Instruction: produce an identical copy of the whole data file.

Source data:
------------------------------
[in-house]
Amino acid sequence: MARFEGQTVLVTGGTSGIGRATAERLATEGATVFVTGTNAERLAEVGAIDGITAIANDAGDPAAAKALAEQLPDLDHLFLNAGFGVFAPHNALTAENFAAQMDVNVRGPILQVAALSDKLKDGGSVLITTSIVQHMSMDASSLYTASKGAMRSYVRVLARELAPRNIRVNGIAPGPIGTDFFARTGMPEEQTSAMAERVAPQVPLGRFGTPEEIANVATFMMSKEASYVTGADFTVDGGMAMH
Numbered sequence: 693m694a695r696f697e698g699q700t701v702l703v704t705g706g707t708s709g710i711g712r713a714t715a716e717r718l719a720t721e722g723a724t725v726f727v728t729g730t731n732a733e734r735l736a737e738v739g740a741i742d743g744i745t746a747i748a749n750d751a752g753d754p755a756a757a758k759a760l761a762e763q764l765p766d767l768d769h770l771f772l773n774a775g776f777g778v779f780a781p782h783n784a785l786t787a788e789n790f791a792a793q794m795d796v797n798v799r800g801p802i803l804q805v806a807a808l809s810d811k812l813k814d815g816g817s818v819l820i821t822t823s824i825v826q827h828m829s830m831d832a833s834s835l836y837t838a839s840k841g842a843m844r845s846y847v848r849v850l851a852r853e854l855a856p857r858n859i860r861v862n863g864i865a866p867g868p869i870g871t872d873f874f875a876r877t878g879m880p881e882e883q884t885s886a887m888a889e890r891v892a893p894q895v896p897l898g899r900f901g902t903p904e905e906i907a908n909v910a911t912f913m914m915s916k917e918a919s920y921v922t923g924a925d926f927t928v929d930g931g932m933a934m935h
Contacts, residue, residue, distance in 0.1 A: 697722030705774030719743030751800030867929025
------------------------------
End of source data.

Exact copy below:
[in-house]
Amino acid sequence: MARFEGQTVLVTGGTSGIGRATAERLATEGATVFVTGTNAERLAEVGAIDGITAIANDAGDPAAAKALAEQLPDLDHLFLNAGFGVFAPHNALTAENFAAQMDVNVRGPILQVAALSDKLKDGGSVLITTSIVQHMSMDASSLYTASKGAMRSYVRVLARELAPRNIRVNGIAPGPIGTDFFARTGMPEEQTSAMAERVAPQVPLGRFGTPEEIANVATFMMSKEASYVTGADFTVDGGMAMH
Numbered sequence: 693m694a695r696f697e698g699q700t701v702l703v704t705g706g707t708s709g710i711g712r713a714t715a716e717r718l719a720t721e722g723a724t725v726f727v728t729g730t731n732a733e734r735l736a737e738v739g740a741i742d743g744i745t746a747i748a749n750d751a752g753d754p755a756a757a758k759a760l761a762e763q764l765p766d767l768d769h770l771f772l773n774a775g776f777g778v779f780a781p782h783n784a785l786t787a788e789n790f791a792a793q794m795d796v797n798v799r800g801p802i803l804q805v806a807a808l809s810d811k812l813k814d815g816g817s818v819l820i821t822t823s824i825v826q827h828m829s830m831d832a833s834s835l836y837t838a839s840k841g842a843m844r845s846y847v848r849v850l851a852r853e854l855a856p857r858n859i860r861v862n863g864i865a866p867g868p869i870g871t872d873f874f875a876r877t878g879m880p881e882e883q884t885s886a887m888a889e890r891v892a893p894q895v896p897l898g899r900f901g902t903p904e905e906i907a908n909v910a911t912f913m914m915s916k917e918a919s920y921v922t923g924a925d926f927t928v929d930g931g932m933a934m935h
Contacts, residue, residue, distance in 0.1 A: 697722030705774030719743030751800030867929025